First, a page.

Despite being the majority, Palestinians in Jordan are subject to widespread discrimination and repression by the government. Recently, sensing the growing threat from disgruntled Palestinians, the Jordanian government began stripping large numbers of their Jordanian citizenship, dealing another blow to their collective civil rights, and illustrating how it relies on their disenfranchisement to survive.

"Not everything has a cure"

Event organizers point towards the uncertain future of the Hashemite regime, amid challenges to its legitimacy from within and the spreading of popular uprisings in the wider region.

"Precisely now, with the Arab world in upheaval and political mayhem, we must examine another alternative, that is: Jordan as the Nation State for the Palestinians," PfSI declared in a statement released this week.

"When the 'Arab Spring' reaches Jordan, a Palestinian State will effectually be established there based on the Palestinian majority," they point out.

As a result, should a Palestinian state be established in Judea and Samaria "it is more than likely that we could awake to a reality wherein there are two separate Palestinian states, both bordering on Israel."

Former MK Professor Aryeh Eldad, who heads the group, said that “scores of attempts have been made in the past to transfer portions of Judea and Samaria, the heartland of the Land of Israel, to the Arabs, in response to international pressure."

"Not only did these attempts all fail," he says, "but they invariably ended in war, violent outbreaks, intifadas and waves of terror directly mostly against civilian populations, leading to the deaths of tens of thousands of people.

"In spite of this, the ‘peacemaker brigades' persist in imposing the same formula, as if they cannot understand that this conflict is not territorially-based, and therefore the solution cannot be the division of the Land of Israel.

"The conflict between the Jews and the Arabs in the Middle East is an intractable religious war," he continued. "Israel is at the forefront of this war. Any division of the Land of Israel could not possibly be the solution for the conflict, but rather the cause for further war and bloodshed."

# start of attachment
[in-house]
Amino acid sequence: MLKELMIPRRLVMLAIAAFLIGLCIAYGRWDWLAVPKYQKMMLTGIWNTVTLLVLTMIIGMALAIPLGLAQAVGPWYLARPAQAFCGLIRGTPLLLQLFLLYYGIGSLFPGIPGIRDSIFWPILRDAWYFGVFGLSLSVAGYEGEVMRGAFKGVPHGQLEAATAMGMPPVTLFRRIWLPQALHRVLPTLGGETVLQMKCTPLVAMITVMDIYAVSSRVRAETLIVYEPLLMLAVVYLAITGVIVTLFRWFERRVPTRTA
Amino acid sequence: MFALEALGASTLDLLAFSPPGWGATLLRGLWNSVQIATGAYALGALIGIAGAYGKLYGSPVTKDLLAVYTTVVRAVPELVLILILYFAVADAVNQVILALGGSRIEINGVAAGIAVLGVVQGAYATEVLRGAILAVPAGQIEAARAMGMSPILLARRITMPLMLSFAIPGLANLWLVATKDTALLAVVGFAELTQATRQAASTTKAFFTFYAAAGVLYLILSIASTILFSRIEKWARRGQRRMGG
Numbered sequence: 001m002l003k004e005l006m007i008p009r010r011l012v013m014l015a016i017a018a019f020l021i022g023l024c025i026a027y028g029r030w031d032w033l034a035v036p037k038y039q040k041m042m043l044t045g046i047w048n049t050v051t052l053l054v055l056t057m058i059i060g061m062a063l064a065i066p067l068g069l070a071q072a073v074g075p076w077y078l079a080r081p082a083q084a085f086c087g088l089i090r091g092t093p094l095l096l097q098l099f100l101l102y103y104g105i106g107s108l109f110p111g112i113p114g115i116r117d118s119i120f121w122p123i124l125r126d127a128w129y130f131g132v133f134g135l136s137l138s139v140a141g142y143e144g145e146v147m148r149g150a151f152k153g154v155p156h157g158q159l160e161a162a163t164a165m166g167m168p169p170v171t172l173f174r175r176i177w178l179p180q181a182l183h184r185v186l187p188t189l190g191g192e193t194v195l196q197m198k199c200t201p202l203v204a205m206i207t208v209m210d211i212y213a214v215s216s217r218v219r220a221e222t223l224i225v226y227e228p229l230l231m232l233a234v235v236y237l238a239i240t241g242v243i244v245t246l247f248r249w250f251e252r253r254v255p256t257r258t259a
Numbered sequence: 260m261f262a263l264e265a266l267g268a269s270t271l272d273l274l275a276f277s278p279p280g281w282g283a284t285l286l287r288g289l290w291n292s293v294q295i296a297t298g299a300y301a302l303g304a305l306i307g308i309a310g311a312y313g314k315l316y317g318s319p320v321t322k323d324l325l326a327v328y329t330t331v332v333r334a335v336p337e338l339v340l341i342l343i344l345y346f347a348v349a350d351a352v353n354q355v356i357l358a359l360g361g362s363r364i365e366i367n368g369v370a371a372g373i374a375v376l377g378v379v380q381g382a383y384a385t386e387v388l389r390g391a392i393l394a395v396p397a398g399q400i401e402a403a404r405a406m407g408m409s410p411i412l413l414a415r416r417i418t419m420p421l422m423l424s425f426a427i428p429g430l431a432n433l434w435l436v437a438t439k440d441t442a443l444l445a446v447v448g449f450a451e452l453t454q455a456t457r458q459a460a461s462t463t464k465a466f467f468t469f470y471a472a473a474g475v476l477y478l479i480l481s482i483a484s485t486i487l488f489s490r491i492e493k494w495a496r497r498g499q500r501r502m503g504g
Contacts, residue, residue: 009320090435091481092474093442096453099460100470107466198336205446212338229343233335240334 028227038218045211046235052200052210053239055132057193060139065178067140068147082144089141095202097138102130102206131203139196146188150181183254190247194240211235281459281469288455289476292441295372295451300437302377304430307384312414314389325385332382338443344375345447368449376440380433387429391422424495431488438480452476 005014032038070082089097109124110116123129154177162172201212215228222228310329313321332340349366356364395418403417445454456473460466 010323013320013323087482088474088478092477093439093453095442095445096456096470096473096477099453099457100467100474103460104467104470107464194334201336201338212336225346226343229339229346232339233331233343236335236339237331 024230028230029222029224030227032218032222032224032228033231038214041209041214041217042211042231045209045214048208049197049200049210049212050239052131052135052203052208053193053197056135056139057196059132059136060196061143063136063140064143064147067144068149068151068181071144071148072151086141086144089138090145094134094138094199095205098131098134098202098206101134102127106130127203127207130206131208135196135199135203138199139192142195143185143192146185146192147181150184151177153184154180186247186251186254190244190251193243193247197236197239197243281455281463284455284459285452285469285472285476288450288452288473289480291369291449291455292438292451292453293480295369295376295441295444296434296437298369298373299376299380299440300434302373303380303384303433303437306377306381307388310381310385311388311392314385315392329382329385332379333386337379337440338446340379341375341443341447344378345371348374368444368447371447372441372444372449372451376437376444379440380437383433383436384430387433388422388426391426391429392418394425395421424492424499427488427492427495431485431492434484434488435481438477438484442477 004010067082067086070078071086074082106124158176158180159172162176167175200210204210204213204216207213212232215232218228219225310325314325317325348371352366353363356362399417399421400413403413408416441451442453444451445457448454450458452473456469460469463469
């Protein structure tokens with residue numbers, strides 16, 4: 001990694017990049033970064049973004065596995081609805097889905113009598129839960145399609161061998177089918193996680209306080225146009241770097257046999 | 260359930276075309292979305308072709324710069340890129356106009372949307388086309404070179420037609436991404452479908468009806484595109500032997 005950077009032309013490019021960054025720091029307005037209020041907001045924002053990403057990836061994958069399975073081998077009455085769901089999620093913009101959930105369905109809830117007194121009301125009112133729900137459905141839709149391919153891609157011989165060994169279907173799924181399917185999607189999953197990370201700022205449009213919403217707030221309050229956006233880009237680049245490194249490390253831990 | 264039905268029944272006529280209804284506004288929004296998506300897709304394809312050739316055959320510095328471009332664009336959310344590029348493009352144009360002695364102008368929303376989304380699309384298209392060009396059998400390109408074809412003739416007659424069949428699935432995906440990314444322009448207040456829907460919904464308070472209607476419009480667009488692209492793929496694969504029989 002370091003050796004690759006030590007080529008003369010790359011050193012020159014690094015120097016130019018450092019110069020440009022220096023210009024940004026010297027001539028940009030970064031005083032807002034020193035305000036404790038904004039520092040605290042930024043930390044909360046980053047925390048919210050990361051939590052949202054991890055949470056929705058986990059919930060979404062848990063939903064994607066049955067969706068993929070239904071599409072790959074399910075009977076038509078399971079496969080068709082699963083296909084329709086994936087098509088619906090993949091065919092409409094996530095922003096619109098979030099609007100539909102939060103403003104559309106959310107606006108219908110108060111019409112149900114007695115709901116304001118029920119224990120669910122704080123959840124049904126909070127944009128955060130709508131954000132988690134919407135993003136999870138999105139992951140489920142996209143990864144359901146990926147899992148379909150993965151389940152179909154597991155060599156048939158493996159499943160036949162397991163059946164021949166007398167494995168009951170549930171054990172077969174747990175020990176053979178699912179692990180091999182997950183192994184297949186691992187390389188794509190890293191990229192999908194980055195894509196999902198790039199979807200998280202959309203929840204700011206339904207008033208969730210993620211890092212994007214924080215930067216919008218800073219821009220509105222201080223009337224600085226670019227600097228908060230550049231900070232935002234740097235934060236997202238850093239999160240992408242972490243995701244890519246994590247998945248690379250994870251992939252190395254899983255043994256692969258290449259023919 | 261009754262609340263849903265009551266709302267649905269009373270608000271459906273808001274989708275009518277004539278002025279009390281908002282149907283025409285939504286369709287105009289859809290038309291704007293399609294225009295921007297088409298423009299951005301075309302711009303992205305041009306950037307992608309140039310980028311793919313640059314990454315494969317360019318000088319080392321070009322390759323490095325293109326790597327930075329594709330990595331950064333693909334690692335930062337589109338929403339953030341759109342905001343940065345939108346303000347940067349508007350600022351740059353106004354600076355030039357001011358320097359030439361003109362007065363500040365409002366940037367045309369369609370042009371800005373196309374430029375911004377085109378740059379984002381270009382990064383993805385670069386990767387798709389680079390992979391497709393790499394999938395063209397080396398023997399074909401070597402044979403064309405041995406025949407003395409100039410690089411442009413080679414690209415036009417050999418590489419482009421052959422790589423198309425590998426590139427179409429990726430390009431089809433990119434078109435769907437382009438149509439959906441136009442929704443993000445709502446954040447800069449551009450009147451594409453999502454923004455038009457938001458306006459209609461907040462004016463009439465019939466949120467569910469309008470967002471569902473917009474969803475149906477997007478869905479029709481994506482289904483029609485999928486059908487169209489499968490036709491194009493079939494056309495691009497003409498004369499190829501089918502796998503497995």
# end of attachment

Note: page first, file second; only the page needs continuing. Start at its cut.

When asked by Arutz Sheva how this initiative could succeed in solving a conflict that is "not territorial," Eldad said that it was time for people to recognize that there aren't always comprehensive solutions.

"Almost all common diseases don't have a cure - from diabetes, to hypertension... you can't always 'cure' a problem decisively, but you can still treat it," he emphasized.

"The Israeli-Arab war is a religious war, an ideological war, a clash of civilizations. You cannot cure it by drawing a border on the map.

"What I suggest is a formula that will 'treat' and limit the conflict, without subjecting Israel to an existential threat like placing a Palestinian state in the heart of the country."

Such a formula would also be advantageous to the Palestinian side, he explained, by emancipating millions of Palestinians in Jordan, providing a solution to the ongoing "refugee problem" (Jordan is three times the size of Israel) and satisfying Palestinian Arab demands for self-determination.

"Plan B" 

Eldad cautioned that he was not suggesting Israel actively work to underme the present Jordanian government.